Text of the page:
CAN MORE MONEY buy better education for the nation's schoolchildren? In a speech yesterday, as at his most recent press conference, President Reagan made it clear that as far as he's concerned the answer is no--at least when the money is federal money and the schools are public. Mr. Reagan's views on this point are not beyond argument. But there is much truth in his comments about what makes schools work well for their students.
While the president is wrong in thinking that the total public education budget is "far greater than the defense budget," he is right in observing that financing education is still not primarily a federal responsibility. Despite substantial growth in federal aid, state and local taxes still account for the bulk spent on elementary and secondary education. In Mr. Reagan's view, localities have paid dearly for the meager financial help the federal government has provided.
Few would disagree that the federal government failed to provide much sound guidance on teaching practices in the permissive '60s and '70s. Neither did other parts of the education establishment. And enthusiasm for the novel equipment, innovative classroom layouts and creative curricula that federal money made possible often distracted attention from the dreary question of whether students actually learned anything useful.
Mr. Reagan also points correctly to success stories among inner-city schools as proof that money alone doesn't make the crucial difference. A good principal who elicits the best efforts of both teachers and students can work wonders in the most discouraging of settings and with the scantest of resources. Even with less talented leadership, recent experience has suggested that renewed emphasis on basic education can at least raise the average achievement of students to acceptable levels.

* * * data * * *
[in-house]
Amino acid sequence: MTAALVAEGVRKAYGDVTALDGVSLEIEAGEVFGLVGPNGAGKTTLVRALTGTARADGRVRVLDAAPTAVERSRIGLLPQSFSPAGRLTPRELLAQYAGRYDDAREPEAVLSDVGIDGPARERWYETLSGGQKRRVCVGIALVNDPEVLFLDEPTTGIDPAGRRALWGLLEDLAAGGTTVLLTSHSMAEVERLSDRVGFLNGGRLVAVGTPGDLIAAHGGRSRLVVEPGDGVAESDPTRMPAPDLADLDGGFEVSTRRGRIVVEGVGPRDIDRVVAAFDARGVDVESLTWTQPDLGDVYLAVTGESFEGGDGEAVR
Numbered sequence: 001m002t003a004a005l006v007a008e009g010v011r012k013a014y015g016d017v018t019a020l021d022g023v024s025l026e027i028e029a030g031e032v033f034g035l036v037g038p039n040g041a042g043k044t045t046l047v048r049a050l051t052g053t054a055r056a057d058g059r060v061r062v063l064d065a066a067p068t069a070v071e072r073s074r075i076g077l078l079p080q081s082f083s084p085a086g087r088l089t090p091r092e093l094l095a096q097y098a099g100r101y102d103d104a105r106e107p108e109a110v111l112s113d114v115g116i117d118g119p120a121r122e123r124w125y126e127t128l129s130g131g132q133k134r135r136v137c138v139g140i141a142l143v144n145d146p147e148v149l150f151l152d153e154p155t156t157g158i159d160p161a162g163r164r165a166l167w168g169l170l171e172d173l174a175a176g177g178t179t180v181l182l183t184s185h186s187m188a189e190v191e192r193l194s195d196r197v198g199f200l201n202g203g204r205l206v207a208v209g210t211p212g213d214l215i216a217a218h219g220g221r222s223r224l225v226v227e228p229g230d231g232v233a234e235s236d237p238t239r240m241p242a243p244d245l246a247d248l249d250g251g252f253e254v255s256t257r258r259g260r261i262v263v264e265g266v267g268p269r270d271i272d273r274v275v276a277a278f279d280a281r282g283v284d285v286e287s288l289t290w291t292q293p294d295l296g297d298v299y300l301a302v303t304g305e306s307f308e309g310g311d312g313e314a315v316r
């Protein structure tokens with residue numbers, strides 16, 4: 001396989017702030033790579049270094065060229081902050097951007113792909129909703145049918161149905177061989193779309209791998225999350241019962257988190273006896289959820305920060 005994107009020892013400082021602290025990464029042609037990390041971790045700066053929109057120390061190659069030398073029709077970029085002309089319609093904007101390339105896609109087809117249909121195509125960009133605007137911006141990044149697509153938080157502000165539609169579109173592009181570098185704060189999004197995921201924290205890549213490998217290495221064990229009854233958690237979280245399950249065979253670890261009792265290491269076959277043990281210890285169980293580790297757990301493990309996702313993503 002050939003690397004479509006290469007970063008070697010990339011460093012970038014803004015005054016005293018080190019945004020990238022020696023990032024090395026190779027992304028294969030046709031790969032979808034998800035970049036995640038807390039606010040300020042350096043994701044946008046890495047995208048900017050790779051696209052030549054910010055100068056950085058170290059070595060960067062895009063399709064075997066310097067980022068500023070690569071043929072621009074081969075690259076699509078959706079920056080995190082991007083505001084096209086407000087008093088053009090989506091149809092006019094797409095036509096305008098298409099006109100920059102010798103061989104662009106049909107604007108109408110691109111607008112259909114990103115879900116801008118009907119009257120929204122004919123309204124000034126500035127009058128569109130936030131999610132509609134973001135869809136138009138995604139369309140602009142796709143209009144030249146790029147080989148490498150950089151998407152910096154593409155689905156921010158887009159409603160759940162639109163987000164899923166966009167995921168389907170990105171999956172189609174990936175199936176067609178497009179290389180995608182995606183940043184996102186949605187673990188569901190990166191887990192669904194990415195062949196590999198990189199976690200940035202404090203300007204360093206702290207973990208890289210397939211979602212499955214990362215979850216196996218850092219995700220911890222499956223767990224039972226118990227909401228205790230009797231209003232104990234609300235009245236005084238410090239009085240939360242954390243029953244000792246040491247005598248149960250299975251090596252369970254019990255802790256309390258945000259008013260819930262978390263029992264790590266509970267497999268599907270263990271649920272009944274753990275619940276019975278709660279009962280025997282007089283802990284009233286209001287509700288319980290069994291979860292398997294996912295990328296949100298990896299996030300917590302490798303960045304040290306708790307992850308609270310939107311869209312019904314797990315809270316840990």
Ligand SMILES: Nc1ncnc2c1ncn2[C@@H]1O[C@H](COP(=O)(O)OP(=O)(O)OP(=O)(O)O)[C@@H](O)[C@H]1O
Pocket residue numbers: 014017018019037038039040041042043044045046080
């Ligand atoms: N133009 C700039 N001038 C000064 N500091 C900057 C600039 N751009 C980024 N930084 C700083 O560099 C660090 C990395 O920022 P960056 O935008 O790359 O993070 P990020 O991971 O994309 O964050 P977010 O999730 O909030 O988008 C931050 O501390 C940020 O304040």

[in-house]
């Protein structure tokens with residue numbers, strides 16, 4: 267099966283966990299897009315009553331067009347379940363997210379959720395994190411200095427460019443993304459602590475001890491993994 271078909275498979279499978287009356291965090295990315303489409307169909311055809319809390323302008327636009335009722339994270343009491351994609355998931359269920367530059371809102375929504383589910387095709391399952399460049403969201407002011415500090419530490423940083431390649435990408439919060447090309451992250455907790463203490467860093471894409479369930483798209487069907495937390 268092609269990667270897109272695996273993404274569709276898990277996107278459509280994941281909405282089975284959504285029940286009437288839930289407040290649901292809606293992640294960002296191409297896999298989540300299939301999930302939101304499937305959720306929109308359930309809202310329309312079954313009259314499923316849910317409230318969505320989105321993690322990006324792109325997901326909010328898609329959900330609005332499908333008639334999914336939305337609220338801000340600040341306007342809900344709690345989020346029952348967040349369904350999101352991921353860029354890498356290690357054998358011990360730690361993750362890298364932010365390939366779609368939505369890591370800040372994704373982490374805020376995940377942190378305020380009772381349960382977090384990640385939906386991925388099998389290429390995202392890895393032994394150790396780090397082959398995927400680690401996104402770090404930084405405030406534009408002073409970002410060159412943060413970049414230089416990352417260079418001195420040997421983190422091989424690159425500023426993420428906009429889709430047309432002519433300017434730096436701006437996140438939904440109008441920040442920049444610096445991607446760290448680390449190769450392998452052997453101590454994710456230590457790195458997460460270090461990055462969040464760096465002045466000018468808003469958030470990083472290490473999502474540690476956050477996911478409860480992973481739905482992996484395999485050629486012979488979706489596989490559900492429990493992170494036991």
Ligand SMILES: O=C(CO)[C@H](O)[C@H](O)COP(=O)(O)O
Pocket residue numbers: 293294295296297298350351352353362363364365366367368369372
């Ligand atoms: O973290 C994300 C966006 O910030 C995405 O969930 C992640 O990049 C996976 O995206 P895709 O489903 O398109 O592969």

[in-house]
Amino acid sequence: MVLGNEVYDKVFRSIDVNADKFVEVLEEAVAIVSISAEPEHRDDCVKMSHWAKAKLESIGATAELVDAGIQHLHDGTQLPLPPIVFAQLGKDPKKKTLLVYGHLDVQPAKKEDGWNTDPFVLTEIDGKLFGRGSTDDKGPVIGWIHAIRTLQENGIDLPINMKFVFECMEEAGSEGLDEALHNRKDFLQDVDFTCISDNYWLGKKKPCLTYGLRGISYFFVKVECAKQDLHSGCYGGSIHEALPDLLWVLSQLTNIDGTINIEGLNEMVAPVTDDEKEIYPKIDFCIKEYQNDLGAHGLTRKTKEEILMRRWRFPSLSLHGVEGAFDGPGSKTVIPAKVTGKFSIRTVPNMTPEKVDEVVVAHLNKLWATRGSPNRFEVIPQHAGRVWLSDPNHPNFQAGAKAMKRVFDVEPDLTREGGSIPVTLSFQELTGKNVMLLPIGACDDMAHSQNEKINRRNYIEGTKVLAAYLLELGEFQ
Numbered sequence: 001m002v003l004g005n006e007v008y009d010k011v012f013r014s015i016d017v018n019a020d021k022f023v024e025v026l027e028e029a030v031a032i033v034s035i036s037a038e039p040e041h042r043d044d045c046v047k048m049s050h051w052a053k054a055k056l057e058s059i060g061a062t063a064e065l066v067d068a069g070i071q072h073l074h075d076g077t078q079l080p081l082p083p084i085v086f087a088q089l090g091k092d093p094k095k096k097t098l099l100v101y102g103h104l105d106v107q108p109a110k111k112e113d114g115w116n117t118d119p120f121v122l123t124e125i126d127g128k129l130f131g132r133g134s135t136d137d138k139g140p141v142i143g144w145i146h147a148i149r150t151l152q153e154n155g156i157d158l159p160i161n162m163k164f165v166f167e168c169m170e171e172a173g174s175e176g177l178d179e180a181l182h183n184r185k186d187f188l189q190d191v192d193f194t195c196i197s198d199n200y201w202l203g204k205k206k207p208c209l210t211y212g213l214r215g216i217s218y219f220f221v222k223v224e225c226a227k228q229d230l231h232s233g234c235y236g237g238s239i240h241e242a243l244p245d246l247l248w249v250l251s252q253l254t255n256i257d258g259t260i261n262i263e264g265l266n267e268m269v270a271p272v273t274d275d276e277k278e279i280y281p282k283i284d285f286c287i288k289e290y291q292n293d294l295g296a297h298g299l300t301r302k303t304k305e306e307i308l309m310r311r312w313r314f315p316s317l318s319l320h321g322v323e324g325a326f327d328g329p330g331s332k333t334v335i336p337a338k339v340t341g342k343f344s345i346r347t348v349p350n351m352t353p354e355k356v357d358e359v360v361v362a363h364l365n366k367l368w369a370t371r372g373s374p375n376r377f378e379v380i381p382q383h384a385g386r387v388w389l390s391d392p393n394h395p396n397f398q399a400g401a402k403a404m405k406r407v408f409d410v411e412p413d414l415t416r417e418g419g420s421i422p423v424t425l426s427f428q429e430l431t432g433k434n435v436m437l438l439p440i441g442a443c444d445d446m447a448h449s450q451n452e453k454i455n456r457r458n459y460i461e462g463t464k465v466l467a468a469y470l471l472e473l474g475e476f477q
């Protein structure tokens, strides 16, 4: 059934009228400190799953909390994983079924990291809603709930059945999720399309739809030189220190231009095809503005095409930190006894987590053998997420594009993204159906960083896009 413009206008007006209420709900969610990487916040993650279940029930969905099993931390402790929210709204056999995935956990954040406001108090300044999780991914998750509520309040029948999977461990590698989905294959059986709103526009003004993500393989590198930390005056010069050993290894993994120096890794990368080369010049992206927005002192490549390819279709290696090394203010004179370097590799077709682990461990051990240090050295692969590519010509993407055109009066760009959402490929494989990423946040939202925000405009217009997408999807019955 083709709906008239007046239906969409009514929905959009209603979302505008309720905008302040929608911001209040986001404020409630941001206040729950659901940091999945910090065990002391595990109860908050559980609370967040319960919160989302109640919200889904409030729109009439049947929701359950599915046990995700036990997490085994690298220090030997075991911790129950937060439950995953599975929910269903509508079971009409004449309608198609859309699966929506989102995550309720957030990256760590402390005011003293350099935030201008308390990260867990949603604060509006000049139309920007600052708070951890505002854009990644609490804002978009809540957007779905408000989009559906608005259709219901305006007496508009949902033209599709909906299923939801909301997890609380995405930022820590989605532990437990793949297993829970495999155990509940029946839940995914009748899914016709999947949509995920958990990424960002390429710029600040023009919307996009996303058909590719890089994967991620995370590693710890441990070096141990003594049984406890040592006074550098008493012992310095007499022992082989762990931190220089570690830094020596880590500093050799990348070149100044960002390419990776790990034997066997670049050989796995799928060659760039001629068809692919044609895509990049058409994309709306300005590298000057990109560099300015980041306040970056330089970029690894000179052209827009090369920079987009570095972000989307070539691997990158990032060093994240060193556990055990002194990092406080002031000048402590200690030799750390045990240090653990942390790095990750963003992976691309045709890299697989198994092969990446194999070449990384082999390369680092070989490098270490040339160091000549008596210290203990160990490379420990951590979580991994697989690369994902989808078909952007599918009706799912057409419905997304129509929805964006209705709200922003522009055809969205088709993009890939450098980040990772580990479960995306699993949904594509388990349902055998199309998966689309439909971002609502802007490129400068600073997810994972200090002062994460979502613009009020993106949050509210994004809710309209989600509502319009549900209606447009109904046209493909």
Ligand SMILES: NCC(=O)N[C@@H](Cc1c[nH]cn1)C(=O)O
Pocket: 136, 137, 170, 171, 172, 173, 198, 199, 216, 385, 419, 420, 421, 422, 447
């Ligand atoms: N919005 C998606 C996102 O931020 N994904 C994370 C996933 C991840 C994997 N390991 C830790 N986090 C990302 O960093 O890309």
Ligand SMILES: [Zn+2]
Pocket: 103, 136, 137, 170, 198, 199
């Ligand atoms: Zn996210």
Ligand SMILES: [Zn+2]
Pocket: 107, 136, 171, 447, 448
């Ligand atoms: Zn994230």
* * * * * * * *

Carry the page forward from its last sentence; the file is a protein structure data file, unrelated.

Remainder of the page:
But some of those irritating federal rules that Mr. Reagan mentioned were needed to make school districts accept the responsibility of providing equal educational access to all the nation's children. It's easy to get nostalgic about the old red schoolhouse if you forget that most of the children it served never went on to graduation--and that some children never went to school at all. Nor would the "three Rs" have equipped most students to find a niche in a society that requires increasingly sophisticated skills even for routine jobs.
Over the last two decades the nation's schools-- prodded by federal guidelines and helped by federal money--have opened their doors to millions of students whose language, race or physical handicaps would have previously denied them entry. The pay- off shows up not just in heartwarming stories of individuals who have overcome incredible barriers on their way to educational triumphs. It also is revealed in the contributions of millions of graduates to this country's world leadership in, yes, economic productivity. The federal influence can't ensure success, but it can help make it possible.